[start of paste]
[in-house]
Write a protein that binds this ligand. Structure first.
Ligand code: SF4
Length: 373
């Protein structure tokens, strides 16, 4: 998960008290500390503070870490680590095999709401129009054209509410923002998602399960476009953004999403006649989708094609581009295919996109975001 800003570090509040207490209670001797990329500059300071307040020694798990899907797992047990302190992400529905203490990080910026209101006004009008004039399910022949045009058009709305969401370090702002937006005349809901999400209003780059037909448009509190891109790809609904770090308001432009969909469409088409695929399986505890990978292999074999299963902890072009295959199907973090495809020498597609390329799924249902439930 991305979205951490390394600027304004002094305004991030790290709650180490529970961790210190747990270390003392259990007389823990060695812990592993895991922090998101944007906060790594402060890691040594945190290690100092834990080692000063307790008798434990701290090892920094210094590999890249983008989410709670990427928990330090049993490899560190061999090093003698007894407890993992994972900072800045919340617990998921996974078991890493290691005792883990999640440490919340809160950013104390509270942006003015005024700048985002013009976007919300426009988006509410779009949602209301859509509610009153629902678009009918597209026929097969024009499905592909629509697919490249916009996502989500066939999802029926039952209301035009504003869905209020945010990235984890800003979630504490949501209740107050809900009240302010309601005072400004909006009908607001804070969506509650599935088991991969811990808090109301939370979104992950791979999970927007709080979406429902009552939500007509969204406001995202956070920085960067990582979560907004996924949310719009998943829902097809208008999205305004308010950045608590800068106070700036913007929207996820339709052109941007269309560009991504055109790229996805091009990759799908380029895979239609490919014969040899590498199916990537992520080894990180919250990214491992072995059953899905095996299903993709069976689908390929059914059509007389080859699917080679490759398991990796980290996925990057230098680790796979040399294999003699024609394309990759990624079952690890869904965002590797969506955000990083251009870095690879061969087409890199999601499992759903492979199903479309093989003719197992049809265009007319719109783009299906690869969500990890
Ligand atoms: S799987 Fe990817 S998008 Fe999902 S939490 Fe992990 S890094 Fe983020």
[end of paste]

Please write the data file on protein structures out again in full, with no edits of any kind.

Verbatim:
[in-house]
Write a protein that binds this ligand. Structure first.
Ligand code: SF4
Length: 373
């Protein structure tokens, strides 16, 4: 998960008290500390503070870490680590095999709401129009054209509410923002998602399960476009953004999403006649989708094609581009295919996109975001 800003570090509040207490209670001797990329500059300071307040020694798990899907797992047990302190992400529905203490990080910026209101006004009008004039399910022949045009058009709305969401370090702002937006005349809901999400209003780059037909448009509190891109790809609904770090308001432009969909469409088409695929399986505890990978292999074999299963902890072009295959199907973090495809020498597609390329799924249902439930 991305979205951490390394600027304004002094305004991030790290709650180490529970961790210190747990270390003392259990007389823990060695812990592993895991922090998101944007906060790594402060890691040594945190290690100092834990080692000063307790008798434990701290090892920094210094590999890249983008989410709670990427928990330090049993490899560190061999090093003698007894407890993992994972900072800045919340617990998921996974078991890493290691005792883990999640440490919340809160950013104390509270942006003015005024700048985002013009976007919300426009988006509410779009949602209301859509509610009153629902678009009918597209026929097969024009499905592909629509697919490249916009996502989500066939999802029926039952209301035009504003869905209020945010990235984890800003979630504490949501209740107050809900009240302010309601005072400004909006009908607001804070969506509650599935088991991969811990808090109301939370979104992950791979999970927007709080979406429902009552939500007509969204406001995202956070920085960067990582979560907004996924949310719009998943829902097809208008999205305004308010950045608590800068106070700036913007929207996820339709052109941007269309560009991504055109790229996805091009990759799908380029895979239609490919014969040899590498199916990537992520080894990180919250990214491992072995059953899905095996299903993709069976689908390929059914059509007389080859699917080679490759398991990796980290996925990057230098680790796979040399294999003699024609394309990759990624079952690890869904965002590797969506955000990083251009870095690879061969087409890199999601499992759903492979199903479309093989003719197992049809265009007319719109783009299906690869969500990890
Ligand atoms: S799987 Fe990817 S998008 Fe999902 S939490 Fe992990 S890094 Fe983020």